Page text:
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Around Astoria

First stop the excellent, do not miss, Columbia River Maritime Museum.

The gang at anchor

Nancy and Elaine's new doo
Pacific troller Darle

A 25 foot, 1914, Columbia River Gillnet Boat. She was fished for 34 years by Victor Carlson, then by members of the Haglund family until 1972.

Early sail powered gillnetter
 The late William E. Whitten used this suit for some 20 years to clear snags for the Columbia River Fishermen's Protective Union.


Projection of global winds collected by NOAA satellites 
What a mesmerizing pattern
Coast Guard ship's honors.
Each blue "snowflake" represents 2000 kg of cocaine seized.
Local dock squatters
Three years ago


Trails End

Last April we headed west following the Lewis and Clark Trail It has been a wonderful and informative journey. We have finally reached Fort Clatsop where the mighty Columbia River meets the Pacific.  It took the Corps of Discovery 18.5 months to reach the Pacific.

The Corps toiled three weeks  constructing Fort Clatsop where they spent 106 wet miserable days preparing for their return trip.
There were 94 rainy days, 12 dry days, of which 6 were sunny.

One of three enlisted mens quarters
Lewis and Clarks quarters
William Clark's journal tells that when they encountered Native Americans he would demonstrate his air rifle.  I wondered how that was impressive. I found out. A replica was demonstrated at Fort Clapsop.

 The gun's air supply is stored in the stock. 
Unscrew the stock
Attach a handle and pump 1,500 times. 
I doubt that Clark pumped up his gun. As they say, "rank has its privilege". All that labor created a 600 - 700 psi reservoir. 
22 lead ball go into the magazine on the right side of the barrel 
This is a repeating rifle. One pushed the bar on the left over and a new lead ball dropped in. Releasing the bar then aligned the ball with the barrel. A fired lead ball exited the barrel at 1,000 ft/sec.
Push the bar again for repeated shots. The gun's air supply can fire 70 balls before having to be recharged.

Loading another ball into the breach
This is a fascinating rifle and I now understand why it was so impressive. One could silently emptying the entire 22 shot magazine in 30 seconds. It could fire lead balls clean through a 1 inch pine board at 100 yards.

William Clark's original rifle now resides in Dr. Robert Beeman's air gun collection. 

Three years ago


Winchester Bay

Passing though Bandon, OR I saw a couple of interesting things.

A rather robust Tesla charging station. I wonder how a small costal town can support this installation?

Henry the Fish created from beach trash.
I have a nice view of Salmon Harbor here in Winchester Bay. Dry camping is $17 to $23 a day. There are weekly and monthly rates. The nice thing is they are not full right now. No looking into my neighbor's window.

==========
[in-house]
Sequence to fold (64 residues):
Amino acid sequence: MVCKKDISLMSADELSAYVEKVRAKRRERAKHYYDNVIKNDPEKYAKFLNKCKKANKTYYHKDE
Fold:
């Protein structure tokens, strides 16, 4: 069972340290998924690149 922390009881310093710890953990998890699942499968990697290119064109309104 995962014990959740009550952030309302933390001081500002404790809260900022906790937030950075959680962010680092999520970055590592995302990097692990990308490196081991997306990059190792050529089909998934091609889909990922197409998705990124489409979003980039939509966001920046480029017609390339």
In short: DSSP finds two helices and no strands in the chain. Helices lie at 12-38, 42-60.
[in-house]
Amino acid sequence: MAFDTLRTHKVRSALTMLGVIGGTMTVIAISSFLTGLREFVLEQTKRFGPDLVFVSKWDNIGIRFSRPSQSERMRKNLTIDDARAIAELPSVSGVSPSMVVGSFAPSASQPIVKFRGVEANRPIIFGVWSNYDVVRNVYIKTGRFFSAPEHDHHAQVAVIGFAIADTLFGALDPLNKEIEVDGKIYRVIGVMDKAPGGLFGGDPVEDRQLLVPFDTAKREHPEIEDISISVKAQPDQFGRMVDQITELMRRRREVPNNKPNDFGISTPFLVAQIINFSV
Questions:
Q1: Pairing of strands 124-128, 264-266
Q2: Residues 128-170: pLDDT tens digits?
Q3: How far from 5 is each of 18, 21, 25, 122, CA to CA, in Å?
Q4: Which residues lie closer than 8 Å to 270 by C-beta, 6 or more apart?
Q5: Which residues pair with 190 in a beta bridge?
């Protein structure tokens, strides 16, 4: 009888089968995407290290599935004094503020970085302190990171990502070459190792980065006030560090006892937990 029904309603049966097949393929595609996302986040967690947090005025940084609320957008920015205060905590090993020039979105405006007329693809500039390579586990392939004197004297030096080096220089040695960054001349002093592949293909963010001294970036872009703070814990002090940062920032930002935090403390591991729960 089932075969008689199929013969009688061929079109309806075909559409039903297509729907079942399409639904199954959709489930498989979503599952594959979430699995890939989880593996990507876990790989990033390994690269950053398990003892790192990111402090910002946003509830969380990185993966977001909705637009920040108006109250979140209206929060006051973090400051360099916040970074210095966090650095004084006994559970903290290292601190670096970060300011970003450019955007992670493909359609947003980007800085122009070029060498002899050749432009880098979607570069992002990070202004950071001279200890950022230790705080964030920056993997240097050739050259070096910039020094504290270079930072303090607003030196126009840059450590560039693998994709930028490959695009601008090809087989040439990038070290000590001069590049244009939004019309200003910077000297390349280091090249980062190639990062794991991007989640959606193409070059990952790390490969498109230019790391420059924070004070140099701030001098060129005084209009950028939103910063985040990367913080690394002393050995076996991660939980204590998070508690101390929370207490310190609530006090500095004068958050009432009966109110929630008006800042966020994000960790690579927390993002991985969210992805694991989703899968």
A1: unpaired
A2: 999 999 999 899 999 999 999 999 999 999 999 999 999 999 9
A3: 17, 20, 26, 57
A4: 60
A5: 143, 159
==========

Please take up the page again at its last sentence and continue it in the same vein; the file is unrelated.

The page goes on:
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One of the things that makes this a favorite stop are the fresh Umpqua Oyster sold at the end of the harbor.  

One pint of deliciousness
And a tasty diner they are
Three years ago


A Disaster Averted

Coming up the coast I noticed a vibration when I applied power to Serenity's drive train. I was worried that I had a bad U joint. I planned to have it checked out when I reached Coos Bay, a city large enough to have a RV repair shop. This is peak season on the Oregon coast and shops often tell you that they can get to you in two or three weeks.
The first shop I checked with told me it would be 9 days till they could look at Serenity. At the second shop, LTM Truck and Rv Repair, Lonie told me someone would take a look in a bit. Herb confirmed that I had a bad U joint and proceeded to repair it. Hooray!

Herb pull out the drive shaft
The damaged bearing
Pressing out the damage bearing
Replacing the drive shaft

I shudder thinking about the catastrophic damage the drive shaft would have done if it had come lose.

Two year ago


Boondocking Bliss

With the West melting in a triple digit heat wave, I headed for the Oregon coast. The high today a brisk 68 degrees.

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Camping with a million dollar view


Beating the Heat

I am moseying north along the magnificent and cool Oregon Coast. The refreshing temperatures here sharply contrast with the triple digit heat just over the coastal range.

I spent two nights, one day enjoying the ocean views.

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RVing at its best 
The view, the view!


Point Arena

Hot Hot Hot, I am moving north along a much cooler coast. I am boondocking near the Point Arena Lighthouse. There is very little traffic after the lighthouse closes at 4:30. It was a very quiet spot with gorgeous views. And it was COOL.

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Two years ago